A refrigerant metering device that maintains a constant evaporator temperature by monitoring suction vapor superheat; also called a thermal expansion valve.
A thermostat consists of a series of sensors and relays that monitor and control functions of a heating and cooling system.
A unit of measurement used for determining cooling capacity. One ton is the equivalent of 12,000 BTUs per hour.
Two-Stage Compressor
Compressor composed of a high and low stage to increase efficiency and comfort while reducing operation noise.
Two-Stage Heating / Cooling
Two-Stage heating and cooling is considered to be more efficient, because it operates at low speed most of the time. However, on days when more heating or air conditioning is required, it switches to the next stage for maximum comfort.
Split System (also Indoor / Outdoor System)

The combination of an outdoor unit (ie: an air conditioner) with an indoor unit (furnace/coil/air-handler). Split systems should be matched for optimum efficiency.

U Terms

The factor representing resistance to heat flow of various building materials.
Upflow Furnace
A furnace in which air is drawn in through the sides or bottom and discharged out the top.

V Terms

A pressure below atmospheric pressure. A perfect vacuum is 30 inches Mercury (periodic symbol “Hg”).
Variable-Speed Motor
The fan motor inside a variable speed furnace or air handler is designed to vary its speed based on your home’s heating and cooling requirements. Working in conjunction with your thermostat, it keeps the appropriate air temperature (ie: warm air on cold days) circulating throughout your home, and thereby reducing temperature variances. It also provides greater air circulation and filtration, better temperature distribution, humidity control, higher efficiency, and quiet performance. Because of the DC motor in these units they can be run all the time and use considerably less electricity than a regular motor.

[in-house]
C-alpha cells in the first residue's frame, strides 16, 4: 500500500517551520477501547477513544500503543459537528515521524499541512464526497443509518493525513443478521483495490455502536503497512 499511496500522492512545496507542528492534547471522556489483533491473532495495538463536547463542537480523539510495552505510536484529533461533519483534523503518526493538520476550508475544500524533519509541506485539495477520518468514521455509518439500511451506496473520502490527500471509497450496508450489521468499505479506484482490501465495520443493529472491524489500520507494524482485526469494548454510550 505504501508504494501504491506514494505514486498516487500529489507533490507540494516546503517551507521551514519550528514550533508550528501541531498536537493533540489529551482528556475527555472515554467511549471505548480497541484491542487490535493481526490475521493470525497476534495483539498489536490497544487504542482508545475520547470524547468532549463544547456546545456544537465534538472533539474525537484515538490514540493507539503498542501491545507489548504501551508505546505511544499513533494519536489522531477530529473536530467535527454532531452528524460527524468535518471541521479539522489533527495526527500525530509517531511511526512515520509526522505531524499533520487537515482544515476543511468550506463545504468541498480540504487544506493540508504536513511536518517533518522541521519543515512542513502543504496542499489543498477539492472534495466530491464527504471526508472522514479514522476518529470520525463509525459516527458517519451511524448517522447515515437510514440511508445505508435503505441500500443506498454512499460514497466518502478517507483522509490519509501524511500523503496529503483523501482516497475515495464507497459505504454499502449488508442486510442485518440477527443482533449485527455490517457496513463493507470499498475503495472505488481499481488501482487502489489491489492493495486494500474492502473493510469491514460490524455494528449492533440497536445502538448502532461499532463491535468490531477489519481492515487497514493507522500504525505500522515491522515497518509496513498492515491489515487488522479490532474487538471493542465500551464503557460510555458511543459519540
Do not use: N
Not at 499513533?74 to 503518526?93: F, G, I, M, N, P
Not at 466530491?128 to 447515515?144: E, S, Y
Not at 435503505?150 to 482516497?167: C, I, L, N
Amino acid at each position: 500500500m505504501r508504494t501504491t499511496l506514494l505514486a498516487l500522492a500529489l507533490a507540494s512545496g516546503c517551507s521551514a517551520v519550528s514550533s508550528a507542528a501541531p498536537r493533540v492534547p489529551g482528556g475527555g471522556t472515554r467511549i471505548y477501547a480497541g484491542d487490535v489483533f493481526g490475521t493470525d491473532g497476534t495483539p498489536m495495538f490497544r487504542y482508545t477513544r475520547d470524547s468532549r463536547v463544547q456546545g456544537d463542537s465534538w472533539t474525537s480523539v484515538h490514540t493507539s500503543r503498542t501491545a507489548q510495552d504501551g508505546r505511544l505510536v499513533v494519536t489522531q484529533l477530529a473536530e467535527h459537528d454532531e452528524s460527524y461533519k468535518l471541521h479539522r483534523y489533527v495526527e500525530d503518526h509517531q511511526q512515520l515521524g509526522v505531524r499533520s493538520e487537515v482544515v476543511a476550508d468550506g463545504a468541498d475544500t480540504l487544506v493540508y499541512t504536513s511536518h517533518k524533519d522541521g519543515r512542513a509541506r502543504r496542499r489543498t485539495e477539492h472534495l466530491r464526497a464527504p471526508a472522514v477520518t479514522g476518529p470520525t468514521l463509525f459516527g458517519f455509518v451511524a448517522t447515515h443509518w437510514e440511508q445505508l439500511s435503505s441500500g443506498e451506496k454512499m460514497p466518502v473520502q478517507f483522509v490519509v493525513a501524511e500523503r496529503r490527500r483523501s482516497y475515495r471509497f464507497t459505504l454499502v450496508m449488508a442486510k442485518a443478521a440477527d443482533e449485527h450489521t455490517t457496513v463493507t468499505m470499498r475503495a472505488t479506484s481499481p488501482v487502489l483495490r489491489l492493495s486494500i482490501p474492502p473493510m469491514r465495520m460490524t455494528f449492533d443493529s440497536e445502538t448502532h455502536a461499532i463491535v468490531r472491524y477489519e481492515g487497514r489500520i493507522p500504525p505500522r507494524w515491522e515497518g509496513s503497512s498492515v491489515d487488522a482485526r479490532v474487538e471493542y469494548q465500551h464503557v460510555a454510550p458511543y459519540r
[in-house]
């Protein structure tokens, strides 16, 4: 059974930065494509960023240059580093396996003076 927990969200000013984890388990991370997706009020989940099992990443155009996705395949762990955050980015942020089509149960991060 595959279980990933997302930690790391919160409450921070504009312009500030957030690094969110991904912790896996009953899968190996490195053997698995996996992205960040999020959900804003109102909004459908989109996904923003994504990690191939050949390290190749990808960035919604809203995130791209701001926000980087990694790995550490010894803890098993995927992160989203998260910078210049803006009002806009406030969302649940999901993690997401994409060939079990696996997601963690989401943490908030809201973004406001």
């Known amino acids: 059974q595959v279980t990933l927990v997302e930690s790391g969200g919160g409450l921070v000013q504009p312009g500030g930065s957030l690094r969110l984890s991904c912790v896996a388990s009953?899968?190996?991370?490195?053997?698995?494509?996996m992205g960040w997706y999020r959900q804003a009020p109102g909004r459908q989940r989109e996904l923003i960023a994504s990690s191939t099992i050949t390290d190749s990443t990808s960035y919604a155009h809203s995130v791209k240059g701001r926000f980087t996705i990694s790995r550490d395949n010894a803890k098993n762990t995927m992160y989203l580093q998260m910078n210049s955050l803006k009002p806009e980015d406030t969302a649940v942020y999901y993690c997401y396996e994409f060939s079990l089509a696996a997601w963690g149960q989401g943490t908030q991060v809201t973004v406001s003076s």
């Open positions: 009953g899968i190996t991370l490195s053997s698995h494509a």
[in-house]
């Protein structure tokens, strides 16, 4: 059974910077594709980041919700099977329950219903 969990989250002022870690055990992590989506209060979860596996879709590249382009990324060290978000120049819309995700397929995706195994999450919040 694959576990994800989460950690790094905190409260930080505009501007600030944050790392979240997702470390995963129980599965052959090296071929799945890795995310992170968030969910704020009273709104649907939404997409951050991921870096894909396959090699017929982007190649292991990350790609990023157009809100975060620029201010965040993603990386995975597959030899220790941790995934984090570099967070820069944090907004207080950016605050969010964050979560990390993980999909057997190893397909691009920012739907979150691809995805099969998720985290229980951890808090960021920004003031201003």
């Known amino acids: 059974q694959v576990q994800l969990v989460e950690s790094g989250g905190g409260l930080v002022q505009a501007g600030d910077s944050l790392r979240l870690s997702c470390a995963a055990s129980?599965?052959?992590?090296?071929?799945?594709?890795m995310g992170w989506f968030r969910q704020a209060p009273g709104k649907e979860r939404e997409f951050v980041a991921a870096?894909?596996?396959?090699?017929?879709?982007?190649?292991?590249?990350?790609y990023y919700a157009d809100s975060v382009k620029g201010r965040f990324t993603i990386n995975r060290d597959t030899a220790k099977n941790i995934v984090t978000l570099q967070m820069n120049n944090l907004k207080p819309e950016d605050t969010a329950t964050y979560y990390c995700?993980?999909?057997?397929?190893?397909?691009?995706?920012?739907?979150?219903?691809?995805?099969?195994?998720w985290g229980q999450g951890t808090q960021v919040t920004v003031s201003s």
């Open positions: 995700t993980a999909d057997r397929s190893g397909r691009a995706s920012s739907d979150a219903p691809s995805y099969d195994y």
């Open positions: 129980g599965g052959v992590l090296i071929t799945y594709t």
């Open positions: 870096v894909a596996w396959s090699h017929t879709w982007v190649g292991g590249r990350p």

The unit of measure used to describe a difference in electrical potential; abbreviated by the symbol “v”.
The force that pushes electrical current along wires and cables.

W Terms

The unit of electrical power equal to the flow of one amp at a potential difference of one volt.
Wet Bulb Thermometer
A thermometer whose bulb is covered with a piece of water-soaked cloth. The lowering of temperature that results from the evaporation of water around the bulb indicates the air’s relative humidity.

Z Terms

A method of dividing a home into different comfort zones so each zone can be independently controlled depending on use and need; an air conditioning system capable of maintaining varying conditions for various rooms or zones.
Zoning System
A method of dividing a home into different comfort zones so each zone can be independently controlled depending on use and need; an air conditioning system capable of maintaining varying conditions for various rooms or zones.